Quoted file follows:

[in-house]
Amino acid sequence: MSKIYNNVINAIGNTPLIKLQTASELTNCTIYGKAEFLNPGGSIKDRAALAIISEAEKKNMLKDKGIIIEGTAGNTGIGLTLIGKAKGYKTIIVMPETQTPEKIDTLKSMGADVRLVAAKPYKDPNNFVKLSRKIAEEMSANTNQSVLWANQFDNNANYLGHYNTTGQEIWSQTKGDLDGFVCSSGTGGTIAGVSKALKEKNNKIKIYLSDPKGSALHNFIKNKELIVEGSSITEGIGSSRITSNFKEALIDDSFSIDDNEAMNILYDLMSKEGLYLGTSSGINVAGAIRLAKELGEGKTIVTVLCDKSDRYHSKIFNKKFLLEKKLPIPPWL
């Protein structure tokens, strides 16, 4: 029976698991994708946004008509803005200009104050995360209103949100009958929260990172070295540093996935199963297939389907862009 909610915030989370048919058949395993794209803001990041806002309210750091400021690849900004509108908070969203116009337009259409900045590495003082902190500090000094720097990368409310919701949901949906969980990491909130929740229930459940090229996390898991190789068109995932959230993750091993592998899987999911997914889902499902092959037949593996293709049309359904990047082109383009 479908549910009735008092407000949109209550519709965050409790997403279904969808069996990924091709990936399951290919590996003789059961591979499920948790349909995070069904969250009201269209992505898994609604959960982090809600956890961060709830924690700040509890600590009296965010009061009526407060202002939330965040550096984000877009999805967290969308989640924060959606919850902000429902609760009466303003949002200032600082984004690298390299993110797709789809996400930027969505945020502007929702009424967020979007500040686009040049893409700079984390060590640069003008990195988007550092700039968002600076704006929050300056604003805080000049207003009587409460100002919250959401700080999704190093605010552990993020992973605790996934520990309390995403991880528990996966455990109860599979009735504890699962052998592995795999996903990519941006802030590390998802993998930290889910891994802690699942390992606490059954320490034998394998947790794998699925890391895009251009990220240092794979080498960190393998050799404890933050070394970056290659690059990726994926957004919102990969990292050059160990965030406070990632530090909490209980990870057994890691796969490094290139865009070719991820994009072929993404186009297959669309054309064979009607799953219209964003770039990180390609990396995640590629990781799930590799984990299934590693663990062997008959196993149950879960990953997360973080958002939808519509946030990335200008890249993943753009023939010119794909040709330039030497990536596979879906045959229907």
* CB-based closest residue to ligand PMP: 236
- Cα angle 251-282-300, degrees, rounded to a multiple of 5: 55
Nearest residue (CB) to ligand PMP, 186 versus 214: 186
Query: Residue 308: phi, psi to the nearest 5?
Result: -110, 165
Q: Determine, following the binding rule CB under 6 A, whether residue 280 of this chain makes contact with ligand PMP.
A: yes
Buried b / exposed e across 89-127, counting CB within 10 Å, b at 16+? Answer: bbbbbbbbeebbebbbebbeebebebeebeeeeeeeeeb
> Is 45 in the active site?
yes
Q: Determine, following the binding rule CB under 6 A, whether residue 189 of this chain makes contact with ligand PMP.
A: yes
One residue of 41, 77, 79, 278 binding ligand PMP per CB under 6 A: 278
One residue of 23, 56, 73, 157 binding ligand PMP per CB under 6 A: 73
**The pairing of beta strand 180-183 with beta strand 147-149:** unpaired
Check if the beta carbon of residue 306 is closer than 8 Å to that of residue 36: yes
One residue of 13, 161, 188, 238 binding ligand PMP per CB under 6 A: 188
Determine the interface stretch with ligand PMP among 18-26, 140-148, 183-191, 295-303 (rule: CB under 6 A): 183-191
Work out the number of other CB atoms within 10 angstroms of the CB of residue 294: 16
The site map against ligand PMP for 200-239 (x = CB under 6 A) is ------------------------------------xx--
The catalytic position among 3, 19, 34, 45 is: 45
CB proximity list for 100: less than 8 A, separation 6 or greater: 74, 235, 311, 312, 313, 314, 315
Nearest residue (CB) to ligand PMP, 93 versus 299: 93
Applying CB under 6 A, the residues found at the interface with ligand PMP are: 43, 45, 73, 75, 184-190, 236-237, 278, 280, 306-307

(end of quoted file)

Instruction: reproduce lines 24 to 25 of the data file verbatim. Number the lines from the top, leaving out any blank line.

The catalytic position among 3, 19, 34, 45 is: 45
CB proximity list for 100: less than 8 A, separation 6 or greater: 74, 235, 311, 312, 313, 314, 315